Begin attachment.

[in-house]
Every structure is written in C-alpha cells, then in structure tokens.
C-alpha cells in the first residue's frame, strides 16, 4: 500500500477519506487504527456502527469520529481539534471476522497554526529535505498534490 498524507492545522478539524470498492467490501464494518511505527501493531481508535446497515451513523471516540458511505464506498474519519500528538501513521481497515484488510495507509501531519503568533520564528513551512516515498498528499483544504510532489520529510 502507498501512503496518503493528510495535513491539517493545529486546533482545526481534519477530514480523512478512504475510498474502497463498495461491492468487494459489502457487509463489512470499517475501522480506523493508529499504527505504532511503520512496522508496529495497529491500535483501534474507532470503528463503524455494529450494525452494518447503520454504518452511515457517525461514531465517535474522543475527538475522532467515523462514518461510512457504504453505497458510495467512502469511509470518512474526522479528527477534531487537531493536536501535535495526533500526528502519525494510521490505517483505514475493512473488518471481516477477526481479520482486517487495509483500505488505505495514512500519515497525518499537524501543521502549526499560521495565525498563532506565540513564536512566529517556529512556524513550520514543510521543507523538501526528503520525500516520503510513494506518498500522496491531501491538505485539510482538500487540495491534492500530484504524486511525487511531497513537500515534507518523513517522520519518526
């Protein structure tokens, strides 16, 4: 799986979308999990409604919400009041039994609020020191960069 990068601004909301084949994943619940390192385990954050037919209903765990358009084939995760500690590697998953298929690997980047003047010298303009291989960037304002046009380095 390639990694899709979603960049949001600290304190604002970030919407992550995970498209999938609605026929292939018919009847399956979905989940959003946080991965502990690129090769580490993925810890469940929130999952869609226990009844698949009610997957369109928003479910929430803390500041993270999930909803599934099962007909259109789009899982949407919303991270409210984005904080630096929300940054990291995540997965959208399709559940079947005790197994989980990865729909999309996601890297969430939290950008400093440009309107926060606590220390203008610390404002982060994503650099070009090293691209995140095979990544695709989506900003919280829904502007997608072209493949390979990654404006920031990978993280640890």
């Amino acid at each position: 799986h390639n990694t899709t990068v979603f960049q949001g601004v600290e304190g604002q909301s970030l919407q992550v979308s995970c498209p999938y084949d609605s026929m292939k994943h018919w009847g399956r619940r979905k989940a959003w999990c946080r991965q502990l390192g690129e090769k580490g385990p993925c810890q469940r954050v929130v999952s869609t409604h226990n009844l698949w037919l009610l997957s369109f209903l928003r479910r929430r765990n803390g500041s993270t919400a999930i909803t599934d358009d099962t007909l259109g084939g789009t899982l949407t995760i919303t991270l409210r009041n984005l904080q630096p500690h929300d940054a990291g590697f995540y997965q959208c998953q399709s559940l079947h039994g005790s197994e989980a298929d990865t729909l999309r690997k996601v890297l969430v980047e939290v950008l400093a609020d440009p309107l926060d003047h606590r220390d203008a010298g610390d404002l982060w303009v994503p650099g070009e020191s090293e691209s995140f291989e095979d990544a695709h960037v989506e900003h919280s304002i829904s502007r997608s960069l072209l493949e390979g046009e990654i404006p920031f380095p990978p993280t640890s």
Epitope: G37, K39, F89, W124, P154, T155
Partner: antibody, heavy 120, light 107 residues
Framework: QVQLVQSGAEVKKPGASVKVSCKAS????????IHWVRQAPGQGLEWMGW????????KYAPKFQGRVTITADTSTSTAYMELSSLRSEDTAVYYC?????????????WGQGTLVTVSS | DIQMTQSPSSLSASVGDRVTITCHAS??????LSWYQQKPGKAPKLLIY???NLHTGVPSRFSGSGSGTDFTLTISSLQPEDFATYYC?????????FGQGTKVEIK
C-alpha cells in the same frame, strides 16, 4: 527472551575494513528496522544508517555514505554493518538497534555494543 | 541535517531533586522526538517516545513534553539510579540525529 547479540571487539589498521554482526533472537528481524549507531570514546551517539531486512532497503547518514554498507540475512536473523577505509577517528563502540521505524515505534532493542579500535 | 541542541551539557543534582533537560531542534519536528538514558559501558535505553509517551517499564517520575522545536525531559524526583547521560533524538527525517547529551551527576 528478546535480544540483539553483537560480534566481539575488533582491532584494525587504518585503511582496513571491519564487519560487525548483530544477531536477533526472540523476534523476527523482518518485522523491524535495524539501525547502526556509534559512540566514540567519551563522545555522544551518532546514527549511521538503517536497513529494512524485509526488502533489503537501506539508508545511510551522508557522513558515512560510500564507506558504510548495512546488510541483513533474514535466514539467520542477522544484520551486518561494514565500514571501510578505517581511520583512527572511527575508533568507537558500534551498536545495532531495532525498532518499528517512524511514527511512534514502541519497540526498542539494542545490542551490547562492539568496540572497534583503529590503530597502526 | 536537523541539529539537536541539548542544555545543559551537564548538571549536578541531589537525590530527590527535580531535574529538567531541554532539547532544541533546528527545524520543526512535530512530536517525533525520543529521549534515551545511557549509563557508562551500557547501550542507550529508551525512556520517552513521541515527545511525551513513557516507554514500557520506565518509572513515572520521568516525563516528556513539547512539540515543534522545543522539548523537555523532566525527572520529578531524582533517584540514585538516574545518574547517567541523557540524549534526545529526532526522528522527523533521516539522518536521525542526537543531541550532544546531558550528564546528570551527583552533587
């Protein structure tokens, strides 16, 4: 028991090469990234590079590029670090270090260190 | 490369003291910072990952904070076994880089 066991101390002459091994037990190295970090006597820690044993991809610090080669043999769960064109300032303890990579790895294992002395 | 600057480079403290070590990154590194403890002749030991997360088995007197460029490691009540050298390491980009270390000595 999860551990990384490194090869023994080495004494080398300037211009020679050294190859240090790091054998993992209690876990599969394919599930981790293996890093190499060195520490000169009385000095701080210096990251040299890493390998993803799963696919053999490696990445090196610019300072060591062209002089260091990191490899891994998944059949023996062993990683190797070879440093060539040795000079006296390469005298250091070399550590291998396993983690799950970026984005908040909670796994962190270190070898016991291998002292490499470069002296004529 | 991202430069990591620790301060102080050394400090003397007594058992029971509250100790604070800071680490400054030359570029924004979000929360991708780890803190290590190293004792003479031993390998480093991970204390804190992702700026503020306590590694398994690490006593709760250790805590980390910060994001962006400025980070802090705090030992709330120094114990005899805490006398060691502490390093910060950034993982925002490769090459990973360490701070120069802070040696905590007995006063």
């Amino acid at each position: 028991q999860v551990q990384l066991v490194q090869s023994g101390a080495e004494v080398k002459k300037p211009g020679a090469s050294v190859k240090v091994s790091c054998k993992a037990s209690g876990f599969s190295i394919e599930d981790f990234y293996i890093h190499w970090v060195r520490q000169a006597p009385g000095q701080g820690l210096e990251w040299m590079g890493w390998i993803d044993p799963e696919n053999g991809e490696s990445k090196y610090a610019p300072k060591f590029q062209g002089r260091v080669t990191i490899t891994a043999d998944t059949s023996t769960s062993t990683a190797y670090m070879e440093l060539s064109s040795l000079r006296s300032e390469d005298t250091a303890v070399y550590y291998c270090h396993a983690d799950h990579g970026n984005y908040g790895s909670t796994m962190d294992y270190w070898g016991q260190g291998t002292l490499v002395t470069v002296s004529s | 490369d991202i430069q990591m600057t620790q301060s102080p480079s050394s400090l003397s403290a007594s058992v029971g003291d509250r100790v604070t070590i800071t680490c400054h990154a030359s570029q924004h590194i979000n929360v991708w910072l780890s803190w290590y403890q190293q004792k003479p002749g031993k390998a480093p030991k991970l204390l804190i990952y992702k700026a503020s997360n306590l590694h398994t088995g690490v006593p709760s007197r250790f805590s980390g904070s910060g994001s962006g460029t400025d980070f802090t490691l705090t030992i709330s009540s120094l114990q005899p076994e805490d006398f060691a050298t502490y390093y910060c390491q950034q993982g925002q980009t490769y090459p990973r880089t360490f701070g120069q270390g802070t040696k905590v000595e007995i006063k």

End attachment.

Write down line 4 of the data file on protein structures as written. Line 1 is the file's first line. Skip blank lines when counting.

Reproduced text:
């Protein structure tokens, strides 16, 4: 799986979308999990409604919400009041039994609020020191960069 990068601004909301084949994943619940390192385990954050037919209903765990358009084939995760500690590697998953298929690997980047003047010298303009291989960037304002046009380095 390639990694899709979603960049949001600290304190604002970030919407992550995970498209999938609605026929292939018919009847399956979905989940959003946080991965502990690129090769580490993925810890469940929130999952869609226990009844698949009610997957369109928003479910929430803390500041993270999930909803599934099962007909259109789009899982949407919303991270409210984005904080630096929300940054990291995540997965959208399709559940079947005790197994989980990865729909999309996601890297969430939290950008400093440009309107926060606590220390203008610390404002982060994503650099070009090293691209995140095979990544695709989506900003919280829904502007997608072209493949390979990654404006920031990978993280640890």